Remembering the Church Rock Uranium Mill Tailings Spill of July 16, 1979
By Kirena Tsosie (firstname.lastname@example.org)
and Chris Shuey (email@example.com) Southwest Research and Information Center
July 15, 2021
Every year at this time, the Red Water Pond Road Community Association (RWPRCA) of the Navajo Nation in northwestern New Mexico gathers to remember the impacts of the largest release of radioactive waste, by volume, in U.S. history. An estimated 94 million gallons of toxic uranium mill tailings wastewater spilled into the Puerco River from a breach in a dam at the United Nuclear Corp. (UNC) uranium mill on July 16, 1979.
RWPRCA families live between two abandoned uranium mines and the UNC mill and tailings facility in Coyote Canyon Chapter. To the south of them, the Northeast Church Rock (NECR) mine, located in Church Rock Chapter, operated from 1968 to 1982, producing about 3.5 million tons of uranium ore, making it one of the largest producing uranium mines on the Navajo Nation. The uranium ore from the NECR mine was processed at the adjacent UNC uranium mill, which is located in Pinedale Chapter. Mill tailings are the wastes left over from processing of uranium ore to extract uranium oxide, a metallic yellow powder. The tailings were stored in unlined evaporation ponds near the mill, causing localized groundwater contamination.
At 5:30 am on July 16, 1979, a 30-foot breach in the tailings dam opened, sending radioactive wastewater into the Puerco River. The spill fluids traveled more than 75 miles downstream into Arizona, passing through numerous Navajo communities and the city of Gallup, NM. The acidic wastewater (pH=1.5) was so toxic it caused burns on the feet and legs of livestock and some people who unknowingly waded into the stream immediately after the spill. Livestock and plants died alongside the banks of the Puerco River while elevated levels of uranium and radium were detected as far as 60 miles downstream. The Church Rock tailings spill ranks as the third largest radioactive waste release after the Fukushima disaster (2011) and the Chernobyl meltdown (1986), and larger than the Three Mile Island partial meltdown (1979).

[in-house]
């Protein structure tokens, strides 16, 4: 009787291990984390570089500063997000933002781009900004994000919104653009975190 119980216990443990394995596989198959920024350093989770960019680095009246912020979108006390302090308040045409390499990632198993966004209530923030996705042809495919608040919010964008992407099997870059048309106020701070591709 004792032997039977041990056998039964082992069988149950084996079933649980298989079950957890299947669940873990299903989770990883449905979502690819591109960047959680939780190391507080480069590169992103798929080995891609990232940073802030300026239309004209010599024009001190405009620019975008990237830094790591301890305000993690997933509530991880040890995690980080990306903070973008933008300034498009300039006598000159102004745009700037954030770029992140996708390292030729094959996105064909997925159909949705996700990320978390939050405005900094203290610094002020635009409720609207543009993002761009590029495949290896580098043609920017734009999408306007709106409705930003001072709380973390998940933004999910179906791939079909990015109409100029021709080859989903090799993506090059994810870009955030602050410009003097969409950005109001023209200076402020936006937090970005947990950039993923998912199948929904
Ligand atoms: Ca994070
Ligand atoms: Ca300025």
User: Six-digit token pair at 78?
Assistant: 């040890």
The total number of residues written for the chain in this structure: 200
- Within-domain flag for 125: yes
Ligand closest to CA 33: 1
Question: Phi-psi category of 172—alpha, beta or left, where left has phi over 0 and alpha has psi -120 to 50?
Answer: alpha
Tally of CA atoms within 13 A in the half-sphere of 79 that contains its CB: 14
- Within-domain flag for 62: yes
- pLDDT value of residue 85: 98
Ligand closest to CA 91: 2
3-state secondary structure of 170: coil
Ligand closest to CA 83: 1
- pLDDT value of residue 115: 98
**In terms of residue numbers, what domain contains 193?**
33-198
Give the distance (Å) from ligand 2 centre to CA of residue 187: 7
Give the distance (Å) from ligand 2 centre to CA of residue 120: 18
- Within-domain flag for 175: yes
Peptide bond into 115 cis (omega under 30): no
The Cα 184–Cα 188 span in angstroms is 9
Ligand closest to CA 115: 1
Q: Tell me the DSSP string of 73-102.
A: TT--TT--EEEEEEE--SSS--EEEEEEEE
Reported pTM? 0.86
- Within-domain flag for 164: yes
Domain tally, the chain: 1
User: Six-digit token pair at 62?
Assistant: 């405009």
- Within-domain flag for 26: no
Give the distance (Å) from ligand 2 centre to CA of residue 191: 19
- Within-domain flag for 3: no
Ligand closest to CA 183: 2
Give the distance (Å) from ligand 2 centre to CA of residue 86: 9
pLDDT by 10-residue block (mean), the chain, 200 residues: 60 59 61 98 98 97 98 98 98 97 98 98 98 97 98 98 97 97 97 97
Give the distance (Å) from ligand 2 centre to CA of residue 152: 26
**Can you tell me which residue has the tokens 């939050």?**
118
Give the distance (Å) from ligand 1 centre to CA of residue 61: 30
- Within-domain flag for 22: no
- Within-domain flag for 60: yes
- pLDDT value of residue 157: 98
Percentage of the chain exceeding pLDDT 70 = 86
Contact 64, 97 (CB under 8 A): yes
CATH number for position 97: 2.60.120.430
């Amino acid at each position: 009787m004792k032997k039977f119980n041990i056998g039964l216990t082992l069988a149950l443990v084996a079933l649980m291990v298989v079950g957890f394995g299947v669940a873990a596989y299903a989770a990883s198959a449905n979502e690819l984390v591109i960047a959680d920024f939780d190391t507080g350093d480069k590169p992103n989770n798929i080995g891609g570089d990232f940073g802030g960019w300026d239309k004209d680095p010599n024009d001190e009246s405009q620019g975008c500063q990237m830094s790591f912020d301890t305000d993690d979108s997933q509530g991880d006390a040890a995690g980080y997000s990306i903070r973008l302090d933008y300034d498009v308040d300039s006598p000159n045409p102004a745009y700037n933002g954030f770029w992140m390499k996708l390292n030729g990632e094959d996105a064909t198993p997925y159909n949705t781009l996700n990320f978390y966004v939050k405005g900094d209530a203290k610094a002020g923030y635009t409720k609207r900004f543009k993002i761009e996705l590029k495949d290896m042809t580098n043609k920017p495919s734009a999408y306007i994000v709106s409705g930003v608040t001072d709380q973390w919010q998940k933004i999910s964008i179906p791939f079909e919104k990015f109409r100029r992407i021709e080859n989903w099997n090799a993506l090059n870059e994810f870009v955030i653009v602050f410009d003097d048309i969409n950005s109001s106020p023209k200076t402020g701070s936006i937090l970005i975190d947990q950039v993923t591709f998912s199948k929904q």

Impacts of the spill were exacerbated by between nearly 30 years of dewatering of three large underground mines in the Church Rock mining district located 12 miles northwest of Gallup. Over the years, the mine water contributed nearly six times more radioactivity to the Puerco River system than the one-time tailings spill. Ongoing uranium contamination of alluvial groundwater has been documented in wells located near the Puerco River in the Sanders, AZ/New Lands region of the Navajo Nation. The role of the mine water in the contamination of the groundwater under the Puerco River is still being investigated some 50 years later.
Research has shown that Native Americans are disproportionately impacted by contamination of the land, water and air by mine wastes spread out over 15 Western states. RWPRCA and other grassroots communities on the Navajo Nation are holding corporations and the Federal Government responsible for the cleanup of abandoned uranium mines that date back to the beginning of uranium mining in the early 1940s. Native communities spanning three to four generations have had to live with the dangers of uranium waste affecting their families, their homes, their livelihoods and their sacred cultural practices.
On this day, we also remember the first atmospheric detonation of a nuclear weapon, called the Trinity Blast in the Tularosa Basin of south-central New Mexico on July 16, 1945. Like uranium miners of the Four Corners Area, the people of the Tularosa Basin continue to seek compensation for illnesses they connect to the Trinity Blast. The bomb, developed at Los Alamos National Laboratory during the Manhattan Project, paved the way for the atomic bombings of Hiroshima and Nagasaki, Japan, on August 6 and 9, 1945.
We remember these unconscionable and horrific events that shaped nuclear history over the past 80 years so that we don’t repeat them now and in the future. As the clock on the cover of the Bulletin of the Atomic Scientists reminds us, the world remains only 100 minutes from a cataclysmic nuclear exchange. Please, teach your children this history so they become the vanguards of peace and prosperity for future generations.
Original art work by Kieren Tsosie